Pu'uhonua o Hōnaunau
Pu'uhonua o Hōnaunau is an important Hawaiian ceremonial site bounded on its southern and eastern sides by a massive L-shaped wall, known as the Great Wall, and on its northern and western sides by the ocean. In addition to the Great Wall, within the Pu'uhonua are several other important ceremonial structures including the Hale o Keawe, 'Āle'ale'a Heiau, and the Ancient Heiau.
In ancient Hawai'i a system of laws known as kānāwai enforced the social order. Certain people, places, things, and times were sacred -- they were kapu, or forbidden. Kapu regulated fishing, planting, and the harvesting of other resources. Any breaking of kapu disturbed the stability of society, and the punishment was often death. Any fugitive who had broken kapu (sacred law) could seek refuge and forgiveness within the walls of the Pu'uhonua. In addition, in the event that war was declared, families of combatants could seek refuge and safety within the Pu'uhonua and be assured to return home unmolested on cessation of battle regardless of the outcome. Although many pu'uhonua existed in ancient Hawai'i, Pu'uhonua o Hōnaunau is the best preserved and most dramatic given the extent of its monumental architecture.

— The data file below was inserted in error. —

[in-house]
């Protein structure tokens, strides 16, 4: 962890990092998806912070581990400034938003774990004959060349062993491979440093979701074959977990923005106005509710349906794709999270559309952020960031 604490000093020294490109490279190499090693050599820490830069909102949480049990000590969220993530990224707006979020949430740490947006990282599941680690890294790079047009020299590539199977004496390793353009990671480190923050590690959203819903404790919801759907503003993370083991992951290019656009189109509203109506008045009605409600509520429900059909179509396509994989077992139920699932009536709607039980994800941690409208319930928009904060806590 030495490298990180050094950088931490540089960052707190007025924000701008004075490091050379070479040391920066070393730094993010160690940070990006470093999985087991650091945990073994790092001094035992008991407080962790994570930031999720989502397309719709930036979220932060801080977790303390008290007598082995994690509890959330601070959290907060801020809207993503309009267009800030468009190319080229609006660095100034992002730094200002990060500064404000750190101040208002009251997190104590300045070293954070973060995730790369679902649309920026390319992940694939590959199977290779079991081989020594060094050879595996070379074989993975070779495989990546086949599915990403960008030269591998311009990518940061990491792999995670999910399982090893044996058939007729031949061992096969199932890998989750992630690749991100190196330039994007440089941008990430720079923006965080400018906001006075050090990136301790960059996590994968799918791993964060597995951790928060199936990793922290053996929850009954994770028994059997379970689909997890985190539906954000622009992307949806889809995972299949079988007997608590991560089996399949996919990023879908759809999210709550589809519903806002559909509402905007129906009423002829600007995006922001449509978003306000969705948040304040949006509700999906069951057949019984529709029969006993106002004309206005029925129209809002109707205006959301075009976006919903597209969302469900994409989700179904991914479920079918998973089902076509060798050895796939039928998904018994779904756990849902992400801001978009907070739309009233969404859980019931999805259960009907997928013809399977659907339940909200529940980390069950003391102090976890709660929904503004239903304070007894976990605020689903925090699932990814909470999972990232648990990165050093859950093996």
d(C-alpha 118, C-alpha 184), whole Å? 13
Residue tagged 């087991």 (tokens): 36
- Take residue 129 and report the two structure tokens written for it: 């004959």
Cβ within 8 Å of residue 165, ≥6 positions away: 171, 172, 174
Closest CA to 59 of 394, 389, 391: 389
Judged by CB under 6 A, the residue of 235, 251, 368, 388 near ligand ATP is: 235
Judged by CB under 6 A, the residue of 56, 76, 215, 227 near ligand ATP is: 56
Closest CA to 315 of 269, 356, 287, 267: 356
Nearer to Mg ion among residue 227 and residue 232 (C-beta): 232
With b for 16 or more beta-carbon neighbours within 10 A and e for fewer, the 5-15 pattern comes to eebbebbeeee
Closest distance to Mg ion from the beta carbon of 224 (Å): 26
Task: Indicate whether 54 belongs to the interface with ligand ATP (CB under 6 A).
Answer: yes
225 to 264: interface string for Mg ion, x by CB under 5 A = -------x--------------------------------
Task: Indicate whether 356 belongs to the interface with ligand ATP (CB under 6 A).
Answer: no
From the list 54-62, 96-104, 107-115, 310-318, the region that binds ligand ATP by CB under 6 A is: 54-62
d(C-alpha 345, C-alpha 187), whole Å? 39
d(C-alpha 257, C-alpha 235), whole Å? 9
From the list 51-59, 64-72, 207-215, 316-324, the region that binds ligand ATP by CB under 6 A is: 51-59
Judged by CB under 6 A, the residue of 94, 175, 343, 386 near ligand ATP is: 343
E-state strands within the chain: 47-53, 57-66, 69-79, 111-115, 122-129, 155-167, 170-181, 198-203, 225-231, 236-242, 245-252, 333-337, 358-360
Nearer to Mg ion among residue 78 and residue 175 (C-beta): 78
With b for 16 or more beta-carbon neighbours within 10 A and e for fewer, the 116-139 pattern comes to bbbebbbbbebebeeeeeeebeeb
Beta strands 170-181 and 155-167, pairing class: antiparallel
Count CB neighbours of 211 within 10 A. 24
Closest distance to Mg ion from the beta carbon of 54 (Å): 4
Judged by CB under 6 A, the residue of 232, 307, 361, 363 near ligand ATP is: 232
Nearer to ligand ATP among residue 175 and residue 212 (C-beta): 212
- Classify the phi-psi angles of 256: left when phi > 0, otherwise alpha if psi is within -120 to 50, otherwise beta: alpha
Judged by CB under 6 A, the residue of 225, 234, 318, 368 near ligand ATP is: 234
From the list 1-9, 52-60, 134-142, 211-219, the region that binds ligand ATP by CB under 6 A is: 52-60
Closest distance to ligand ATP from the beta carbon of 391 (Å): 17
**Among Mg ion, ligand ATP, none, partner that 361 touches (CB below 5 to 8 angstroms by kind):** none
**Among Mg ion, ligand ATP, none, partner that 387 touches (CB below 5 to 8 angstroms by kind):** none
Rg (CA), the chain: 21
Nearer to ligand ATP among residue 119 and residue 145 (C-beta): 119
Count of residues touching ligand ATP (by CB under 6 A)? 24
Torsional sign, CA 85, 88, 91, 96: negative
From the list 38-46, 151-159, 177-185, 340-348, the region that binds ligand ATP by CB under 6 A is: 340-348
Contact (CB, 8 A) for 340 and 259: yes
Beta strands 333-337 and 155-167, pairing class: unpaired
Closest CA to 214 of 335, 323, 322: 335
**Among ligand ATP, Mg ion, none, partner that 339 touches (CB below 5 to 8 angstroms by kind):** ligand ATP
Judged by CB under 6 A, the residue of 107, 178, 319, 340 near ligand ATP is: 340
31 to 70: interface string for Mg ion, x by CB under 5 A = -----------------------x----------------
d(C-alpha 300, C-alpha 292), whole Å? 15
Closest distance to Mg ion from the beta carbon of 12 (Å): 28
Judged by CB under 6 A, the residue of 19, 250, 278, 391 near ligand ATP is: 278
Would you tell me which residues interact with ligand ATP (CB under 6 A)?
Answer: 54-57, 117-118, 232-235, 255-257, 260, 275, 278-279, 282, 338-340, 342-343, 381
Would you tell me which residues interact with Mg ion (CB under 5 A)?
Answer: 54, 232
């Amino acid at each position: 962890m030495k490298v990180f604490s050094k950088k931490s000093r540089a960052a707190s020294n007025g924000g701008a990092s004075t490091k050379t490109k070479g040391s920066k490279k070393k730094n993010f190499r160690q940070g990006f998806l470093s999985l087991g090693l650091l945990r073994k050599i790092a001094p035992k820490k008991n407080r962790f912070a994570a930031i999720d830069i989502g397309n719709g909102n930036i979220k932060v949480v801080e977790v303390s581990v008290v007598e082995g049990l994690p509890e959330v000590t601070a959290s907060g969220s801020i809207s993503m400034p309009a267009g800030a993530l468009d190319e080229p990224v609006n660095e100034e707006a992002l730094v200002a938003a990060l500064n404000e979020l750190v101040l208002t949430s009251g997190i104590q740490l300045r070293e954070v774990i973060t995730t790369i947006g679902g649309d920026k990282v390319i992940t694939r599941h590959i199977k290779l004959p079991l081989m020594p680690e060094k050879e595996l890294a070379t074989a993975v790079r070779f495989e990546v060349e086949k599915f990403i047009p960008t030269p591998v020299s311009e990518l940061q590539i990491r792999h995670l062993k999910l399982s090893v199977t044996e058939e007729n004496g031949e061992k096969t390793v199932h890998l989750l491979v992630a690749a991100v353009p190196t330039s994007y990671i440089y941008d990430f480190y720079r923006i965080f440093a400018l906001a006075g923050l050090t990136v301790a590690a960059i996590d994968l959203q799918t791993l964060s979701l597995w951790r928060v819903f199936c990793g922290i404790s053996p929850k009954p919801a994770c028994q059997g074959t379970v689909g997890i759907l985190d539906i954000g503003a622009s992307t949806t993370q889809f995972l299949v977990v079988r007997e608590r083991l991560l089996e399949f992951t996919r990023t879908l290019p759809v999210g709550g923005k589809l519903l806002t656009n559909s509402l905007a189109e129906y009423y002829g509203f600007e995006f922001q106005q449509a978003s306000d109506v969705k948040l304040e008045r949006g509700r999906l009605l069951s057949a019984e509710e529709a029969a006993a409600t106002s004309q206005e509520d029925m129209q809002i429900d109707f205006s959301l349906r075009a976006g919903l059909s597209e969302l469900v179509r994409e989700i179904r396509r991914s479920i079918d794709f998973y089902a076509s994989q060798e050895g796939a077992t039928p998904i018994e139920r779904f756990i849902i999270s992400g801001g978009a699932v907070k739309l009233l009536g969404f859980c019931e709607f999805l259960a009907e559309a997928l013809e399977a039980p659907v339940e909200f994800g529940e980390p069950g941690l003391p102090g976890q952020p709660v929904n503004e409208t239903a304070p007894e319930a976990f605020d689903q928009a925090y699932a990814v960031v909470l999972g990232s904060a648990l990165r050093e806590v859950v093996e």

The concept of refuge in Hawai'i is an ancient one, with roots found in the larger Polynesian culture. Traditional accounts indicate that a ruling chief of a kingdom could declare certain lands or heiau (sacred structures) as pu'uhonua, and as long as they retained undisputed power these designations would remain in force. Unfortunately no absolute chronology exists for dating the original establishment of Pu'uhonua o Hōnaunau. However, rough estimates can be made based on genealogies and traditional accounts. Some have indicated that the Pu'uhonua may have originally been established by 'Ehu kai malino, ruling chief of Kona, around 450 years ago.
Did You Know?
Did you know that the ki'i (carved wooden images) found throughout the park are carved from the 'ōhi'a tree? This tree grows in the uplands of Hawai'i and is among the first plants to colonize new lava flows.